Making Terms of Service Clearer
"Last week's launch of Google Chrome generated some discussion over the legal language in our new browser's terms of service (TOS). As we noted in a subsequent post on Google Chrome's terms of service:
"... Under copyright law, Google needs what's called a "license" to display or transmit content. So to show a blog, we ask the user to give us a license to the blog's content. (The same goes for any other service where users can create content.) But in all these cases, the license is limited to providing the service."We've also seen some discussion on a few blogs about how our universal terms of service apply to other products, with some users worried that Google is trying to claim ownership of the content they generate. To be clear: our terms do not claim ownership of your content -- what you create is yours and remains yours."
Bringing History Online, One Newspaper at a Time
"For more than 200 years, matters of local and national significance have been conveyed in newsprint -- from revolutions and politics to fashion to local weather or high school football scores. Around the globe, we estimate that there are billions of news pages containing every story ever written. And it's our goal to help readers find all of them, from the smallest local weekly paper up to the largest national daily.
The problem is that most of these newspapers are not available online. We want to change that.
Today, we're launching an initiative to make more old newspapers accessible and searchable online by partnering with newspaper publishers to digitize millions of pages of news archives."
Another Step to Protect User Privacy
"Today, we're announcing a new logs retention policy: we'll anonymize IP addresses on our server logs after 9 months. We're significantly shortening our previous 18-month retention policy to address regulatory concerns and to take another step to improve privacy for our users.
Back in March 2007, Google became the first leading search engine to announce a policy to anonymize our search server logs in the interests of privacy. And many others in the industry quickly followed our lead. Although that was good for privacy, it was a difficult decision because the routine server log data we collect has always been a critical ingredient of innovation. We have published a series of blog posts explaining how we use logs data for the benefit of our users: to make improvements to search quality, improve security, fight fraud and reduce spam.
Over the last two years, policymakers and regulators -- especially in Europe and the U.S. -- have continued to ask us (and others in the industry) to explain and justify this shortened logs retention policy. We responded by open letter to explain how we were trying to strike the right balance between sometimes conflicting factors like privacy, security, and innovation."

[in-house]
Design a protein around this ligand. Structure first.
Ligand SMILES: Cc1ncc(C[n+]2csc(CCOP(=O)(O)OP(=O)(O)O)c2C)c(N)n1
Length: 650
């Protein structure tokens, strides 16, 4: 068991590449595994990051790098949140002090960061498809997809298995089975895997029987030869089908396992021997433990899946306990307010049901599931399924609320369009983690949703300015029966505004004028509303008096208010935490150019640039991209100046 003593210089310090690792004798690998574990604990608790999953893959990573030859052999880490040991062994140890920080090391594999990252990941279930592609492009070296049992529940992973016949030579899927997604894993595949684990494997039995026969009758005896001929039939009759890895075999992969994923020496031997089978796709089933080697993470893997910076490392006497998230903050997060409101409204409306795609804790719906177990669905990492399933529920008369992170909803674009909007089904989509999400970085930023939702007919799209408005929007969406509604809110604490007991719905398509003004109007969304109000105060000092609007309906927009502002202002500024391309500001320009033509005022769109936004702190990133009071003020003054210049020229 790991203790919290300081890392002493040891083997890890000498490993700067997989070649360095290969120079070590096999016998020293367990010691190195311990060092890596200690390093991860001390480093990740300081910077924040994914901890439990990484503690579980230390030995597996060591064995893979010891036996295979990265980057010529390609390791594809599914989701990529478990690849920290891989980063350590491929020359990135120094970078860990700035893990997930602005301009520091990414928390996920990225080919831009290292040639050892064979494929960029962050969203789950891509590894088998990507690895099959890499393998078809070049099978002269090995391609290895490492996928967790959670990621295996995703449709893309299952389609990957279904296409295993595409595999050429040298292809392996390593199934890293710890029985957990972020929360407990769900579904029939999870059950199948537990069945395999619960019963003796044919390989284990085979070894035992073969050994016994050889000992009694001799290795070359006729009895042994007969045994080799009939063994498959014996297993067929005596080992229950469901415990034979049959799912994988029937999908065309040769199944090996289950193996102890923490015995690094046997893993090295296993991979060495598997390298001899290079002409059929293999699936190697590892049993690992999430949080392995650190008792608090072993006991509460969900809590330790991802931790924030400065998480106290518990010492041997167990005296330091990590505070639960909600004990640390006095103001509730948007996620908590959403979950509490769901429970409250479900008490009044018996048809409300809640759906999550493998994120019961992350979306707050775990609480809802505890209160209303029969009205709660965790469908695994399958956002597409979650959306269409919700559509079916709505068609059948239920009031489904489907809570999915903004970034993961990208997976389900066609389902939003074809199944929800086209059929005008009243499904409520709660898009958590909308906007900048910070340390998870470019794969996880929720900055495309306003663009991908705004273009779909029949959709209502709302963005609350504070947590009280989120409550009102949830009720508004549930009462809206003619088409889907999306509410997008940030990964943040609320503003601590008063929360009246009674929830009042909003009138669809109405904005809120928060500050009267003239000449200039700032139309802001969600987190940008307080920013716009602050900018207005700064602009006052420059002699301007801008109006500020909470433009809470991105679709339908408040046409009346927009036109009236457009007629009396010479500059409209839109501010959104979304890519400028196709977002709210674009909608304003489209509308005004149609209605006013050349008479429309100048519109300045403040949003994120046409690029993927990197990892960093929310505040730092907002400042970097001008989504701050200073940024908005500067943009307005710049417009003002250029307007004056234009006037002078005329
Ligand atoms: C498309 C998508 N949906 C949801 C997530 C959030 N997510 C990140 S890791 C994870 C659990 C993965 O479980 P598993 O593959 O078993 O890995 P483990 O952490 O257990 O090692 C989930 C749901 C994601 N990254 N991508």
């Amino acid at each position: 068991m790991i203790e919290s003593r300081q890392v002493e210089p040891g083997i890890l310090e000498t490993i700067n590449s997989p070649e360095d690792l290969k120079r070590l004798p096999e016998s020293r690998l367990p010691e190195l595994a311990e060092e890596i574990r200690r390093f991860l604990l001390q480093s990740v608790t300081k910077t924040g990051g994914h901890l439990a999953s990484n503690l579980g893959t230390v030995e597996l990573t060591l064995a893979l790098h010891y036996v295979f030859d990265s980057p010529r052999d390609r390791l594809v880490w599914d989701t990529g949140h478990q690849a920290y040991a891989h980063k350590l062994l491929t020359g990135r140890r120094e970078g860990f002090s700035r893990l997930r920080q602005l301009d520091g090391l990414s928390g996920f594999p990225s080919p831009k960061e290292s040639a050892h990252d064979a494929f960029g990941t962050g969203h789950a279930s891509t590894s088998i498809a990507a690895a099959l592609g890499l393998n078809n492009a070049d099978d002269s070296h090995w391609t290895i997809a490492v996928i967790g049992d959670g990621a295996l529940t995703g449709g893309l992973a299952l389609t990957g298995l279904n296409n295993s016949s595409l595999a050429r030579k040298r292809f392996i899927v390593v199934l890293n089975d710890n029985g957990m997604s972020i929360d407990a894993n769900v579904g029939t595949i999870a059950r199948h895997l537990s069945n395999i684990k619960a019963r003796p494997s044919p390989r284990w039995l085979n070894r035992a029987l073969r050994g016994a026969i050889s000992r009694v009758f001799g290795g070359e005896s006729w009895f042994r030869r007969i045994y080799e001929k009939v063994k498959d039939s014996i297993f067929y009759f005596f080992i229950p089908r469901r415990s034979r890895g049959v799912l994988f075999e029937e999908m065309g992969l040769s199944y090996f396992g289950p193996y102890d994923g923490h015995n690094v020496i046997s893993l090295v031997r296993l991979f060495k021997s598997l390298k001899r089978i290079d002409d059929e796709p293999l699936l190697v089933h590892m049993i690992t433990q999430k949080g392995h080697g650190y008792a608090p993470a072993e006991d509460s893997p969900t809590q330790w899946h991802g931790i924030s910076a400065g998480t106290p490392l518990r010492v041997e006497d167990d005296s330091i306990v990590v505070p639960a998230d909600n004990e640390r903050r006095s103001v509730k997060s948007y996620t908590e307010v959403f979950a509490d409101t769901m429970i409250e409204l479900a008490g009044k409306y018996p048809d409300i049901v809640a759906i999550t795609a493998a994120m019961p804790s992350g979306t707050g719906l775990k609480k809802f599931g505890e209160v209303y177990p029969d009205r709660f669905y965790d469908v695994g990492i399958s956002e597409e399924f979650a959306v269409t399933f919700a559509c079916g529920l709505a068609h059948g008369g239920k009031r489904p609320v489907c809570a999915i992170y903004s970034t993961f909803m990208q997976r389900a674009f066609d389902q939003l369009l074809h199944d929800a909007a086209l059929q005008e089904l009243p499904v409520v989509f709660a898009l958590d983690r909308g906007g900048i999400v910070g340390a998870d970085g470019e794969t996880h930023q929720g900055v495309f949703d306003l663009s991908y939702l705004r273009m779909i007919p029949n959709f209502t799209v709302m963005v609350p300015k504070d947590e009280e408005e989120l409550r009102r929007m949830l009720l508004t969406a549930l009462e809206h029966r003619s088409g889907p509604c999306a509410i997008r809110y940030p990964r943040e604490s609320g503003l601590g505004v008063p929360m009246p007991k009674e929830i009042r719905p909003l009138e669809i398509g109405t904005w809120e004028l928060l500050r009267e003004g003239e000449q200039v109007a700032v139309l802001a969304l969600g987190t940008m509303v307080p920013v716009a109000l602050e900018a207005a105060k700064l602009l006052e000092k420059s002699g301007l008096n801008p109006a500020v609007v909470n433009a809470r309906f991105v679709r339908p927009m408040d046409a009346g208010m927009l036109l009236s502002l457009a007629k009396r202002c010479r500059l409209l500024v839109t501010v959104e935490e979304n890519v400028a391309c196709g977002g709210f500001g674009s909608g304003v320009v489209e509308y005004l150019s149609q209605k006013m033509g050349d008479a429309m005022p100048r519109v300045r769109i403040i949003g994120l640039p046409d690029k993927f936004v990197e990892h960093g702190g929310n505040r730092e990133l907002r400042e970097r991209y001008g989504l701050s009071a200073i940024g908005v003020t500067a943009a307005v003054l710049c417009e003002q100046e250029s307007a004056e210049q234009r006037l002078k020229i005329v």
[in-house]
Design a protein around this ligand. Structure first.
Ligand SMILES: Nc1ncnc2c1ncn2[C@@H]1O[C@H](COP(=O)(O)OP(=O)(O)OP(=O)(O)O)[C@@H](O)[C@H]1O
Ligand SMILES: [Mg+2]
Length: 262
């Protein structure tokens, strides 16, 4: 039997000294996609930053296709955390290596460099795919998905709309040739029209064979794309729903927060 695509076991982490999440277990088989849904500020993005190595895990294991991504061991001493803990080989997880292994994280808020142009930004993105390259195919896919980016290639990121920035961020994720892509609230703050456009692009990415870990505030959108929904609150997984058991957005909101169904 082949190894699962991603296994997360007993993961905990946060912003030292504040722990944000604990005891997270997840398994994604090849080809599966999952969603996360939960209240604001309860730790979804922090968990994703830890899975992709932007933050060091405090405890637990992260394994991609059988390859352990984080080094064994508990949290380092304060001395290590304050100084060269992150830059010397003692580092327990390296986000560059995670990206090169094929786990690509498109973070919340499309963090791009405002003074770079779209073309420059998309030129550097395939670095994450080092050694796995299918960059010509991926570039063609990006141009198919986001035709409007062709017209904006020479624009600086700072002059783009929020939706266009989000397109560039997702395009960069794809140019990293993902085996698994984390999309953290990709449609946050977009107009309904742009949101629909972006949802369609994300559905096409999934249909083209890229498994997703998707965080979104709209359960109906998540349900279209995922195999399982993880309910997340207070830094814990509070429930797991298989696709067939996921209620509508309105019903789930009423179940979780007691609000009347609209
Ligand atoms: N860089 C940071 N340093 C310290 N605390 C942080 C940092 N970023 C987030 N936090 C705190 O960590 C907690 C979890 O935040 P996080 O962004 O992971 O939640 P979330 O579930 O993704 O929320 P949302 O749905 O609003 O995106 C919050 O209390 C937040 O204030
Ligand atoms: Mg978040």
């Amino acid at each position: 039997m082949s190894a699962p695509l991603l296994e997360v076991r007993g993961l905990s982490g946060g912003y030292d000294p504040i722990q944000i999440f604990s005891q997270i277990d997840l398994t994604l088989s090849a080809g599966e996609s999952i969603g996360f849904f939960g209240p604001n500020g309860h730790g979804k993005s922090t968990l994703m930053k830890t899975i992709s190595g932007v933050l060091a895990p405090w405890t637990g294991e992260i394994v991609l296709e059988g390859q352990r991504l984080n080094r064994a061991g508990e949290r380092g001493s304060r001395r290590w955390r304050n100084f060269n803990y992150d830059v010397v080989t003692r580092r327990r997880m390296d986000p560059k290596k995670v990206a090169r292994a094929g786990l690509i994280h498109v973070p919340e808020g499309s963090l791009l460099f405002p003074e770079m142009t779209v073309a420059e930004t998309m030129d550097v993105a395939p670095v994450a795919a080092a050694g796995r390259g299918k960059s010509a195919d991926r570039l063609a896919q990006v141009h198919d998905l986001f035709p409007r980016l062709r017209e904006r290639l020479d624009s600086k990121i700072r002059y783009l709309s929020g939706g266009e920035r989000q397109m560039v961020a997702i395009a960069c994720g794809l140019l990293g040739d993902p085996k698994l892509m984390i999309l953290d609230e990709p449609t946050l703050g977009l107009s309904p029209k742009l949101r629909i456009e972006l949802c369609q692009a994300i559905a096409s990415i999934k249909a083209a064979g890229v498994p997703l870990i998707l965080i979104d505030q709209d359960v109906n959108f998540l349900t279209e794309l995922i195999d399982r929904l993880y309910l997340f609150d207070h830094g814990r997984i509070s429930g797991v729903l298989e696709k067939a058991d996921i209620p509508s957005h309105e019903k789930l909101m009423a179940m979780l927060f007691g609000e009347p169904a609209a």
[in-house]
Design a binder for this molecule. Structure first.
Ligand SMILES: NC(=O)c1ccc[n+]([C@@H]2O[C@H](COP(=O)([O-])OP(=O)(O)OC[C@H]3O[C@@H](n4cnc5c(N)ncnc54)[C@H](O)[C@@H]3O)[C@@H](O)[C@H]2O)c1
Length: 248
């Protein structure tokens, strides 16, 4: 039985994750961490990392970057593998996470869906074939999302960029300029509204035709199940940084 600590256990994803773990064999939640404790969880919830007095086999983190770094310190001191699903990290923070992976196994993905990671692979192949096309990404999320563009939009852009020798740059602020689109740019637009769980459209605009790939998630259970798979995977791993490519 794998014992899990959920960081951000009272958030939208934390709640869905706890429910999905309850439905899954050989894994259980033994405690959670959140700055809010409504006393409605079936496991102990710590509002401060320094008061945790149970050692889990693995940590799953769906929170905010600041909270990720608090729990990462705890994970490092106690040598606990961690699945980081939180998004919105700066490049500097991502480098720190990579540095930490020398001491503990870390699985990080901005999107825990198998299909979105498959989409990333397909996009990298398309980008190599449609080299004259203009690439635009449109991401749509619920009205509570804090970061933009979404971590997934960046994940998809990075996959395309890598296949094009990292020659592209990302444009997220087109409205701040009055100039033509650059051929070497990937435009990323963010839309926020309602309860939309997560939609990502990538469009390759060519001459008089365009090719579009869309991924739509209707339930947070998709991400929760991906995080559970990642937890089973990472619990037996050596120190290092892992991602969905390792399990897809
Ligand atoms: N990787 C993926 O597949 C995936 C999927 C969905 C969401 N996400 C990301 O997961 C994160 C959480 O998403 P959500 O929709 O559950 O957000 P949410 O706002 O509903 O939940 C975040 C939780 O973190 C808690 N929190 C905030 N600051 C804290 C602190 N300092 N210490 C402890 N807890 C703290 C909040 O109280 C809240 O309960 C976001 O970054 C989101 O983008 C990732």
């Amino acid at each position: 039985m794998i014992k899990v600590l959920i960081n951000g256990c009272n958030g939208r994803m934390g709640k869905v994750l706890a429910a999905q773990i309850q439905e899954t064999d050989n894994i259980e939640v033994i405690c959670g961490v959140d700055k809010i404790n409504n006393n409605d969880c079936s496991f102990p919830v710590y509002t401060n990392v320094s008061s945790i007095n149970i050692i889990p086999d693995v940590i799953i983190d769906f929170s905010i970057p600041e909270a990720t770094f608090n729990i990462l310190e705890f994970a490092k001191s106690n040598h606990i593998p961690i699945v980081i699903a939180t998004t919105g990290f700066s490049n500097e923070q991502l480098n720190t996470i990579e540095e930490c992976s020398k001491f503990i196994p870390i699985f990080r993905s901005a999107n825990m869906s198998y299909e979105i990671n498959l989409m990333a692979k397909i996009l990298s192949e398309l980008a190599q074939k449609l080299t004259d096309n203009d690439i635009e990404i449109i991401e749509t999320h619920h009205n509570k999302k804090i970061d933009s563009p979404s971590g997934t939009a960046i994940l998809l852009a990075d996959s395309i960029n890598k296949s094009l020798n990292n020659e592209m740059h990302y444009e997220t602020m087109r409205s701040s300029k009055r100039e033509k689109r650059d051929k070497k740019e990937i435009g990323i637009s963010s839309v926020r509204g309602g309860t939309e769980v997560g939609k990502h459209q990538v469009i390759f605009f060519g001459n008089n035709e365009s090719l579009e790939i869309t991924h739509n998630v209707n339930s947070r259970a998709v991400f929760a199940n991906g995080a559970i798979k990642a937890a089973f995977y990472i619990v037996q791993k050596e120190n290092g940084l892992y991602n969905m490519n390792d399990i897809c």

Update to Google Suggest
"There's been quite a bit of comment in the last few days about Google Suggest, particularly how it's used in Google Chrome. Google Suggest is actually built into a number of different products including Google Search, Google Toolbar, browsers like Google Chrome and Firefox, and the Google Search application on the iPhone.
...For 98% of these requests, we don't log any data at all and simply return the suggestions. For the remaining 2% of cases (which we select randomly), we do log data, like IP addresses, in order to monitor and improve the service.
However, given the concerns that have been raised about Google storing this information -- and its limited potential use -- we decided that we will anonymize it within about 24 hours (basically, as soon as we practically can) in the 2% of Google Suggest requests we use. This will take a little time to implement, but we expect it to be in place before the end of the month.
All data retention is a balance between user privacy and trust on the one hand, and security and innovation on the other. In the case of Google Suggest we decided it's possible to provide a great service while anonymizing data almost immediately. But in other cases - such as our core web search - storing data like IP addresses for a time is crucial to make improvements to search quality, improve security, fight fraud and reduce spam."
The Future of Search
"I am a search addict. I’m naturally inquisitive – I’ve always liked finding things out. Plus, I’ve worked at Google on search for the past 9 years and 3 months. Of course I search - a lot. Yet I would guess that on any given day, I only do about 20% of the searches that I could. This past Saturday, I kept track of the things that came up in conversation that I wanted to search for right then but couldn’t:
Looking at this list, two things are very clear: (1) I could do a lot more searches and (2) search still has a lot of opportunity for innovation, change, and progress. There are lots of ways that search will need to evolve in order to easily meet user needs. Let’s look at some of my unanswered questions from Saturday and consider how search might change over the next 10 years."